In three weeks, the oldest of my two children turns 18. I thought having a toddler was expensive, but I have learned that having two teenage drivers with one starting college next year is much, much more expensive. As we have been churning through all the decisions that are part of this phase of childhood development, I find myself panicking about finances. And then I talk myself off the panic ledge, and then I get back on it again. In the middle of this loop, I also find myself mentally replaying a scene from West Wing, a favorite show:
In this clip, you hear a dad who has expectations and anxieties in his life. These are anxieties many of us can identify with: how to take care of one’s family, home and the work required to do so. The interesting thing to me is that every one of this character’s concerns are rooted in what Polanyi would identify as a construct of our “market system:”
The case of money showed a very real analogy to that of labor and land. The application of the commodity ﬁction to each of them led to its eﬀective inclusion into the market system, while at the same time grave dangers to society developed.
Identifying that money, labor and land have all had value subjectively applied to them makes sense to me. Indeed, the ups and downs of the value of my own retirement fund and home are examples of how we in society apply value based on a complex web of factors that are both local and global. And, to some extent, we have subjected ourselves to a form of subservience to this system that is laden with social and environmental implications.
THE STORIES WE TELL OURSELVES
Just as Joseph Campbell would claim is true of all the stories we tell ourselves; West Wing has created a story of a hero with a trek ahead of him. The dragon to slay on this journey is purely around concepts society has created, and as the clip demonstrates, even romanticized. When thought of in this light, the journey seems less like an epic tale and more like a rat race. I like how Dr Clark illustrates some of the contradictions in this idealized system:
The market is, if not a false body, then at least a competing body, to which humans have ceded all sociologic, because of its promise of actualising community desire; however, it has never produced a community, but rather fostered an idealisation and unrequited desire for community.
I think that we read a case study that proves Dr Clarks claim that “the market… has never produces a community.” In Duffy’s, Why We’re Wrong About Nearly Everything, we were shown that how we define our financial stability (at least as it pertains to our retirement planning) is rooted in these constructs. In his third chapter Duffy explains that people will gauge their own financial well-being in part, by how it compares to that of others. In short, I will feel comfortable with my own situation as long as it is better than yours. This seems like a clear “keep up with the Jones’” situation that actually prevents us from hoping for the well-being of others (not to mention actually helping each other).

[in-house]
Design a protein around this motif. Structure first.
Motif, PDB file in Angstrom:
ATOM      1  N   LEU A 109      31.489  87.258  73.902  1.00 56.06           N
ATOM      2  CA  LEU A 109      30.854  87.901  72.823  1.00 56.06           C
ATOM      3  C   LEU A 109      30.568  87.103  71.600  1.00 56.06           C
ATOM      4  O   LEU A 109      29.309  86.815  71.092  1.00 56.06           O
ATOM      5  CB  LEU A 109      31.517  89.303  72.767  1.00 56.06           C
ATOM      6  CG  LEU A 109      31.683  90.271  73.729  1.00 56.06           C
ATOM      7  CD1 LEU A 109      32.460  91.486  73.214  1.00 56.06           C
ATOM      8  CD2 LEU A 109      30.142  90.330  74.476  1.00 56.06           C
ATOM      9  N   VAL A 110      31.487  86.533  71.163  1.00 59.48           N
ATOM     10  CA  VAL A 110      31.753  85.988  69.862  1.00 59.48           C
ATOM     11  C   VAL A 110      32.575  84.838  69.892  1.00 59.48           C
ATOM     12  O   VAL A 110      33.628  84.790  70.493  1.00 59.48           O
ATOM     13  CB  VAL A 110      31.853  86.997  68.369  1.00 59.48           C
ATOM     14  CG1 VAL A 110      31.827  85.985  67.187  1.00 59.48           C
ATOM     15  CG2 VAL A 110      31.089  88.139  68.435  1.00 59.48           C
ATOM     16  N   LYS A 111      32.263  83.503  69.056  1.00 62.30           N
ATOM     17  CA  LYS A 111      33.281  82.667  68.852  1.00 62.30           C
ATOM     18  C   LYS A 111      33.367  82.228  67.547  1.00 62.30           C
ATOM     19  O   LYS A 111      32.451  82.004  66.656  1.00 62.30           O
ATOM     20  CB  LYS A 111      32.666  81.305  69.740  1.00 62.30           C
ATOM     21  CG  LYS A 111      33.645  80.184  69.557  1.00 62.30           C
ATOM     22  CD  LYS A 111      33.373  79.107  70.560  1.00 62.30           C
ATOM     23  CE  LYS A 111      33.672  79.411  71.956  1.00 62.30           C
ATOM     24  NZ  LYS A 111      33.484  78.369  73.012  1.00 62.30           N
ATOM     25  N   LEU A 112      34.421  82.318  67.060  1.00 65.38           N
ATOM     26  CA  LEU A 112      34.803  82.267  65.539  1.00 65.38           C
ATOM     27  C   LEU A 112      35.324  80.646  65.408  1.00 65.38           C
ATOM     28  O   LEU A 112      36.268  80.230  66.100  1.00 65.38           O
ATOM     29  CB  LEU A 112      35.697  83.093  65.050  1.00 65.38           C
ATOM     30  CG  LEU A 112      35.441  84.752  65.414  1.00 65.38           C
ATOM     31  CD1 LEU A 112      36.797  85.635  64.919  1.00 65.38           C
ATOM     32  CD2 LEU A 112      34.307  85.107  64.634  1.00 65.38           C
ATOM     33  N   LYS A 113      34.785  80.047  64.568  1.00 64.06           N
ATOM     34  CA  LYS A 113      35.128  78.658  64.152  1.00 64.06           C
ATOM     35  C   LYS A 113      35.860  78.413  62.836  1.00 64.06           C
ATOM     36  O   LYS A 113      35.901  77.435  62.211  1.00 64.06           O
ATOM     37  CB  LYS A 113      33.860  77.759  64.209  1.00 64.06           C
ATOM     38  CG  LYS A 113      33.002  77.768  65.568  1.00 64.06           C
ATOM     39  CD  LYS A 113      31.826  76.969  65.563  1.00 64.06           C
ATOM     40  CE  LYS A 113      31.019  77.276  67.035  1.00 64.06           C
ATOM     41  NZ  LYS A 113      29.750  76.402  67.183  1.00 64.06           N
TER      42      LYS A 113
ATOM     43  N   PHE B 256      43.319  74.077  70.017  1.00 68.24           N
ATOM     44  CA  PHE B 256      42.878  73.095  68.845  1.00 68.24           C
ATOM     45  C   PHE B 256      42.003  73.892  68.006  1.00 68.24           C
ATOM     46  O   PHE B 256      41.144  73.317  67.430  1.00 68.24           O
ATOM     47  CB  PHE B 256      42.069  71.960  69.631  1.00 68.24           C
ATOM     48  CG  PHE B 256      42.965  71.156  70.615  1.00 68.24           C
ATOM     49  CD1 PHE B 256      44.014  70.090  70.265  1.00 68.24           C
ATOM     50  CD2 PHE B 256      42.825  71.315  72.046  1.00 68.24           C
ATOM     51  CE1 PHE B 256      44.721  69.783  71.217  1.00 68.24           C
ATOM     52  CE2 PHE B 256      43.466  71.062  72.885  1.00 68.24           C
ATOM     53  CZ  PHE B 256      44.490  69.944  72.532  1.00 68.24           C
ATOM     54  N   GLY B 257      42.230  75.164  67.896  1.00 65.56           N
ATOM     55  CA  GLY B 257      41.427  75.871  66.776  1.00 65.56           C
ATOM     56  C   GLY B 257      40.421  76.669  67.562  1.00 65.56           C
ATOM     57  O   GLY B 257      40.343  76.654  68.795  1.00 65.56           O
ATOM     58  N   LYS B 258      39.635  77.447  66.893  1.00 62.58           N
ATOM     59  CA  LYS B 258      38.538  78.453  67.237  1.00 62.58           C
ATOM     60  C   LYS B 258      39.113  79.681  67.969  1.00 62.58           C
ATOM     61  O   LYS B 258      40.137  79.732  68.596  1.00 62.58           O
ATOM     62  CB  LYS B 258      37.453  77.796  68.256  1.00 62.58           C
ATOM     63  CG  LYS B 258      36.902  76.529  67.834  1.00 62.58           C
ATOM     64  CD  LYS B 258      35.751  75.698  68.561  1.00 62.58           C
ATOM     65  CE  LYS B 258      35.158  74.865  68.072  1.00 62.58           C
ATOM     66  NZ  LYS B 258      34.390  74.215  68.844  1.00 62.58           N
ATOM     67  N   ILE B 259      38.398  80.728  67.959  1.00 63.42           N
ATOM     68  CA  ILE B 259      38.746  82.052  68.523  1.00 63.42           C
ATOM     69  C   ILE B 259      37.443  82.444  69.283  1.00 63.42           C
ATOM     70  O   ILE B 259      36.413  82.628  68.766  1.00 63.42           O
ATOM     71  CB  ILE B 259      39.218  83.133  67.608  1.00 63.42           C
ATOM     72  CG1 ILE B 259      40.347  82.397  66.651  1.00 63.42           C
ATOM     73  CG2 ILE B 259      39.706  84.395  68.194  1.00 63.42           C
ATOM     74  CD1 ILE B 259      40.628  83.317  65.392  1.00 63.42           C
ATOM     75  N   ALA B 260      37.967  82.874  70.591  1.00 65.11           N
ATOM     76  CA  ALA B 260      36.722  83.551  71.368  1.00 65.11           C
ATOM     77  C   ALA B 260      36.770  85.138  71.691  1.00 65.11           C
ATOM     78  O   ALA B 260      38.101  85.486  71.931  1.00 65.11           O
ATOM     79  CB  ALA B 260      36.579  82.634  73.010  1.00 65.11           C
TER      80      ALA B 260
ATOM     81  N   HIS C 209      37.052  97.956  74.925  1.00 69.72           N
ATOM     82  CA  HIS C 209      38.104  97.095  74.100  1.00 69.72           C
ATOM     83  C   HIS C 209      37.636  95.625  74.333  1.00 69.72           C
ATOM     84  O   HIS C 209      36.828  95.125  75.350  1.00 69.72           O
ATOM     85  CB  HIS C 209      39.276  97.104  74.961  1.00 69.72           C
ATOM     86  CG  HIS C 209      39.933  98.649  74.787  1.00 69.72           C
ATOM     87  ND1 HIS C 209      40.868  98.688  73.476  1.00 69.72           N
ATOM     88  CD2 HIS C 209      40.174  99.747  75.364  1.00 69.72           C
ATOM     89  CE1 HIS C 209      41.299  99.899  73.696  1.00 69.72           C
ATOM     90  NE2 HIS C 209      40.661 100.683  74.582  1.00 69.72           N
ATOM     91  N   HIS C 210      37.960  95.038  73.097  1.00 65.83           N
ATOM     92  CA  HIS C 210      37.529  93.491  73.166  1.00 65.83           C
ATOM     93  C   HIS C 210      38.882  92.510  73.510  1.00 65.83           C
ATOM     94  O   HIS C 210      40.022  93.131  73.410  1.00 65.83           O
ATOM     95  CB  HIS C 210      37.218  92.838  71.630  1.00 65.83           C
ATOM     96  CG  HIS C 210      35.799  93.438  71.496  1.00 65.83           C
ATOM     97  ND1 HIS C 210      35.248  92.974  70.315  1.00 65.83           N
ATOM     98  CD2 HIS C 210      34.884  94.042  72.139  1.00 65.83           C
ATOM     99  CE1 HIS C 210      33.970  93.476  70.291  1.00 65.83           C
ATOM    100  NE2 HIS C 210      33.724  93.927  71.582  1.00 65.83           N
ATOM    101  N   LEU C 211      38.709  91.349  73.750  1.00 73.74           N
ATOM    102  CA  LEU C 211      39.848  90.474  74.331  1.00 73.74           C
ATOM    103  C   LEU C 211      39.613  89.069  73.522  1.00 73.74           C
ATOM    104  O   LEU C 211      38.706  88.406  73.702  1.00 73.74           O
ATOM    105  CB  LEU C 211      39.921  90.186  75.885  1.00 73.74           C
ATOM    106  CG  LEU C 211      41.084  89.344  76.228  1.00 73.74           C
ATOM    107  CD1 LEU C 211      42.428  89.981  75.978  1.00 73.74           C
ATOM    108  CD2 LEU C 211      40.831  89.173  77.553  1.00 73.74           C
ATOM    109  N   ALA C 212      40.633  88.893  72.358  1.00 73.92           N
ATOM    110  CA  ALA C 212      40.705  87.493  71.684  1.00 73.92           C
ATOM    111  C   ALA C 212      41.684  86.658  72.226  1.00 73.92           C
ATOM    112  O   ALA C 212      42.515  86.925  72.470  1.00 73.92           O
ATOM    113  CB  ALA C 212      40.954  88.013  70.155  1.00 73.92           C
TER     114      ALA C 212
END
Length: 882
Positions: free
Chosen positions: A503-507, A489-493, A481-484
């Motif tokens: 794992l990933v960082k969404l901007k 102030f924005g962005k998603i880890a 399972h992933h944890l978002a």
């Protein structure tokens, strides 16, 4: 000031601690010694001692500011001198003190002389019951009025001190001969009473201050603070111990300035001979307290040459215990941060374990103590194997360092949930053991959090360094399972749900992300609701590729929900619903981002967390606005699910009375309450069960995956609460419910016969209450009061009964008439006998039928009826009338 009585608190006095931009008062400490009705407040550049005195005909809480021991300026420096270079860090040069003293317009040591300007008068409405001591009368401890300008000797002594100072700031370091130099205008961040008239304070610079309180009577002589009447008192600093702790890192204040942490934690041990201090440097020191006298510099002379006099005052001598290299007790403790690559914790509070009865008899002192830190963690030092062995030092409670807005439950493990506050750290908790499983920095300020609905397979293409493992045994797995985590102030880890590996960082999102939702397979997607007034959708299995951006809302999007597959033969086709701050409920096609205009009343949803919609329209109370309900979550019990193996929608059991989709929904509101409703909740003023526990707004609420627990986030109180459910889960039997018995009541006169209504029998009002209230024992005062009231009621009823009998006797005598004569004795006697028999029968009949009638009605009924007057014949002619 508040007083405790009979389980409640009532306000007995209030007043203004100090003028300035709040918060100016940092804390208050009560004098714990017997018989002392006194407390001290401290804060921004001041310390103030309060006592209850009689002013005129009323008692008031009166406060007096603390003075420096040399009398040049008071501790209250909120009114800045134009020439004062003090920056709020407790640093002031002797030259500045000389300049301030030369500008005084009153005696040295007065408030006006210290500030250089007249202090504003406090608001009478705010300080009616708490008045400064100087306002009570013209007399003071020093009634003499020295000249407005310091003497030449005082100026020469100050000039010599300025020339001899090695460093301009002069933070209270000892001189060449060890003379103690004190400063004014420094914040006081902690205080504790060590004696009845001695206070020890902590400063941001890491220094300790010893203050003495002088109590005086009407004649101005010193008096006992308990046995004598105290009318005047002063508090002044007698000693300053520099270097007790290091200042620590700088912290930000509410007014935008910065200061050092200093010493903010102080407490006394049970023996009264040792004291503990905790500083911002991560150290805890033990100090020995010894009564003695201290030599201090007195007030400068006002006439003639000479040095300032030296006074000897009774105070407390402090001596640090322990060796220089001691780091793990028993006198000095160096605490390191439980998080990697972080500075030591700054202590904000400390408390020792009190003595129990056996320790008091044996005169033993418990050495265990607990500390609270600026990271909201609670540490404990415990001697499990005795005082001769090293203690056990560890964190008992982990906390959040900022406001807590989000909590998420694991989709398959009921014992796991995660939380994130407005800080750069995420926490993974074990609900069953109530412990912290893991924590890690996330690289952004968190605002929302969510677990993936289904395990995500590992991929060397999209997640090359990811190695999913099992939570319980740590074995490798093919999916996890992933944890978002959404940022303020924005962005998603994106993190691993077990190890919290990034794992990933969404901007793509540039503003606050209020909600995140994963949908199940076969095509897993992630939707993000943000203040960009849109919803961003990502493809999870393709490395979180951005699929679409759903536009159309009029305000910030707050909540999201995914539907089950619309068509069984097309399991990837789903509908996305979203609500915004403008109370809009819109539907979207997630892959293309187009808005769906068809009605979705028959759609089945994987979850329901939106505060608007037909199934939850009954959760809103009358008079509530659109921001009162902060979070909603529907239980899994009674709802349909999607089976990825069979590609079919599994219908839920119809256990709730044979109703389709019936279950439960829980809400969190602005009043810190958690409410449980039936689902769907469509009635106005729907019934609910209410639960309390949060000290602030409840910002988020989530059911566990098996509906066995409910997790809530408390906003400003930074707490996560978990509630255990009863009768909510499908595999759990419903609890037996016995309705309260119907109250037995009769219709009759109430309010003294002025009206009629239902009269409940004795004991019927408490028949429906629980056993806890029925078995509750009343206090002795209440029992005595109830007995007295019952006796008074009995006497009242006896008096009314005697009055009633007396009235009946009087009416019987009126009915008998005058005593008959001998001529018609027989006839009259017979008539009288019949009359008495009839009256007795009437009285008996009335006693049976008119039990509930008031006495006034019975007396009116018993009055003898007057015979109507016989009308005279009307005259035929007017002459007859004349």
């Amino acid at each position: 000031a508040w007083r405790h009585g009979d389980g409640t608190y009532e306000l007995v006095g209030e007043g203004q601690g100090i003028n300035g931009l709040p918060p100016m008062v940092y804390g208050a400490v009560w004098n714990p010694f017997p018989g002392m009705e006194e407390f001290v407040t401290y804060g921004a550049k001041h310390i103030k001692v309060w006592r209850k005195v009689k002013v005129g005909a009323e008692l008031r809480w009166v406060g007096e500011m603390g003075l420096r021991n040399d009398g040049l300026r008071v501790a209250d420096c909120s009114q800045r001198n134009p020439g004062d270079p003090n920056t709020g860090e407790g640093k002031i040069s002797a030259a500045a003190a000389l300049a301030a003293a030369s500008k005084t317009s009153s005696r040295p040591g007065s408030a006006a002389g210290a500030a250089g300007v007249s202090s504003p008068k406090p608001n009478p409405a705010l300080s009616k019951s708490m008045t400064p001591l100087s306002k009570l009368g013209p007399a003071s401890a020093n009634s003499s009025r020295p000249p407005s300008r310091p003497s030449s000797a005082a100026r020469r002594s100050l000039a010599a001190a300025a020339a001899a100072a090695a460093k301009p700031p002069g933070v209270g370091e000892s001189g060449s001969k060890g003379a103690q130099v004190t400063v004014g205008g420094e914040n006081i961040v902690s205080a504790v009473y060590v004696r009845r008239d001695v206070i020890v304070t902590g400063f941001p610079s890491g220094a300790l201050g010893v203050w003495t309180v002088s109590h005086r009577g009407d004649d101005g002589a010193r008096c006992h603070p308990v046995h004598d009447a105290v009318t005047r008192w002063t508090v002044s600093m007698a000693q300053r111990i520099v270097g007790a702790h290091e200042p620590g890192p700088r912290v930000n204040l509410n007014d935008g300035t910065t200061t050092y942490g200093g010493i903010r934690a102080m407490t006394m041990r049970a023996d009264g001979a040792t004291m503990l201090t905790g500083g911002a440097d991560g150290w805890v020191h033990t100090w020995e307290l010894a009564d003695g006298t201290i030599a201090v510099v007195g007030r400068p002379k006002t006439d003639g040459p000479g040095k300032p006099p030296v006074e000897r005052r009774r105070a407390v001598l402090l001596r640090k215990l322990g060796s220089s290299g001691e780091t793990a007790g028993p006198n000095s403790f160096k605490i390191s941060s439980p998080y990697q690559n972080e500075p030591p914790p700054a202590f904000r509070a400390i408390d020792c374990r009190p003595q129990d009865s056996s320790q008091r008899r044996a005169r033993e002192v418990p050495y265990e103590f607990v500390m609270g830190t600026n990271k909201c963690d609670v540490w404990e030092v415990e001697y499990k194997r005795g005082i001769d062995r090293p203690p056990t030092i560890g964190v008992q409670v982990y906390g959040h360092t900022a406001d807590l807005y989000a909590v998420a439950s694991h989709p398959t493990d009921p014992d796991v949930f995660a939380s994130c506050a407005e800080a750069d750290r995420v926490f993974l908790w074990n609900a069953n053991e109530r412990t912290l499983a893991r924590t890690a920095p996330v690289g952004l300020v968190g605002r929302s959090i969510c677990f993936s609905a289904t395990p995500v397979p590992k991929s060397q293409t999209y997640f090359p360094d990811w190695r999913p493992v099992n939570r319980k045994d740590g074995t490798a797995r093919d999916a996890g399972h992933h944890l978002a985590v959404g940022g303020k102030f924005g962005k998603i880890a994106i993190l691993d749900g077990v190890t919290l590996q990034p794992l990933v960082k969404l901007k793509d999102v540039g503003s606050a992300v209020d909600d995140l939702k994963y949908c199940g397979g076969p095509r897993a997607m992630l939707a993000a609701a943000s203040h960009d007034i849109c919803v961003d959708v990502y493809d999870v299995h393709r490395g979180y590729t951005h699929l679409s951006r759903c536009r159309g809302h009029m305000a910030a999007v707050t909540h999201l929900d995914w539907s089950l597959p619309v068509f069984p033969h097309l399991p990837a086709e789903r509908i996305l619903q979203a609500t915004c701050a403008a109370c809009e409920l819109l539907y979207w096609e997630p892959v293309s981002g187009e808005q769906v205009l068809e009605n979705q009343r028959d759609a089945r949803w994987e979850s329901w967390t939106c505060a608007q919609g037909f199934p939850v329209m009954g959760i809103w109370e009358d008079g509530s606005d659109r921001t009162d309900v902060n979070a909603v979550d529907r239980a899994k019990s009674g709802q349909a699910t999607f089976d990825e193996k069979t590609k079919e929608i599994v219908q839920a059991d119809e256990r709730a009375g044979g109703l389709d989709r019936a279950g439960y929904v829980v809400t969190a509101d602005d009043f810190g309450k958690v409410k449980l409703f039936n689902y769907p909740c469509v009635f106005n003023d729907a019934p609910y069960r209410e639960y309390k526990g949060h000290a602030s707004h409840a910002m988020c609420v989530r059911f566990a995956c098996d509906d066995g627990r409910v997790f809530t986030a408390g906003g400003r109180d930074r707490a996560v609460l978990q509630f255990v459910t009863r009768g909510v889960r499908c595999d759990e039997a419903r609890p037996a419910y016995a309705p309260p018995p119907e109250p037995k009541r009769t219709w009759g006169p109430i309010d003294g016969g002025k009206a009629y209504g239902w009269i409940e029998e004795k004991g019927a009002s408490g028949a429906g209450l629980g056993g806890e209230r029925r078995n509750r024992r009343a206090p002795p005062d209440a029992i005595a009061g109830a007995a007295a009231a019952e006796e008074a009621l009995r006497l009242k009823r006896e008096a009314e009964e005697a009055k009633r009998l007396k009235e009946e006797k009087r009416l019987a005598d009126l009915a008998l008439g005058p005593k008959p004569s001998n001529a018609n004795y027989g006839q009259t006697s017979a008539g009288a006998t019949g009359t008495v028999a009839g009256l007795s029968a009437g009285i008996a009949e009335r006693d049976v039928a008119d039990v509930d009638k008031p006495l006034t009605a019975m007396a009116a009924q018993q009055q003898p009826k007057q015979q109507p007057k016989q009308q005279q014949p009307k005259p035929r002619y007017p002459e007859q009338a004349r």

Polanyi’s repeated highlighting that a market-based society has built in a reinforcement of working towards one’s self-interest above all else gives cause for careful consideration. Whether or not we are discussing society’s invention of the concepts of land, money and labor, or if we are thinking about the impacts that these concepts have on our society through the factors such as social class or the negative residual impacts on the environment, this week’s reading is another book on the pile that calls us to put our heads up and pay attention to the impacts of the systems and institutions that we can easily take for granted. I have found myself wondering what would our world be without such constructs. What would we be like?
I enjoy my life. And I am excited to be parenting children who are beginning to draft out the stories of their own lives. But occasionally, I am struck with the question of ‘what if?’ What if whatever forces conspired in history to create this complex global market system did not occur? What would the plotlines of our respective heroes’ journey be if we were not wrestling with the rat race that has become so entrenched in our subconscious that we don’t even see we are in it?
 Just a Little Bit, 2008, https://www.youtube.com/watch?v=fJRcDHKrSqw.
 The fact that this award-winning TV series then goes on to develop this plot line into a story about how the federal government endeavors to solve all the problems outlined is another story for another blog post.
 Karl Polanyi, The Great Transformation the Political and Economic Origins of Our Time, 2nd Beacon Paperback ed. (Boston, MA: Beacon Press, 2001), 204.
 Joseph Campbell, The Hero with a Thousand Faces (Joseph Campbell Foundation, 2020).
 Jason Paul Clark, “Evangelicalism and Capitalism: A Reparative Account and Diagnosis of Pathogeneses in the Relationship,” n.d., 165.
 Bobby Duffy, “Why We’re Wrong about Nearly Everything: A Theory of Human Misunderstanding” (New York, NY: Basic Books, 2019), 84.
 Polanyi, The Great Transformation the Political and Economic Origins of Our Time, 139.
 Radhika Desai, and Kari Polanyi Levitt. _Karl Polanyi and Twenty-First-Century Capitalism_. Geopolitical Economy. Manchester: Manchester University Press, 2020. https://search.ebscohost.com/login.aspx?direct=true&db=e000xna&AN=2521663&scope=site, 29.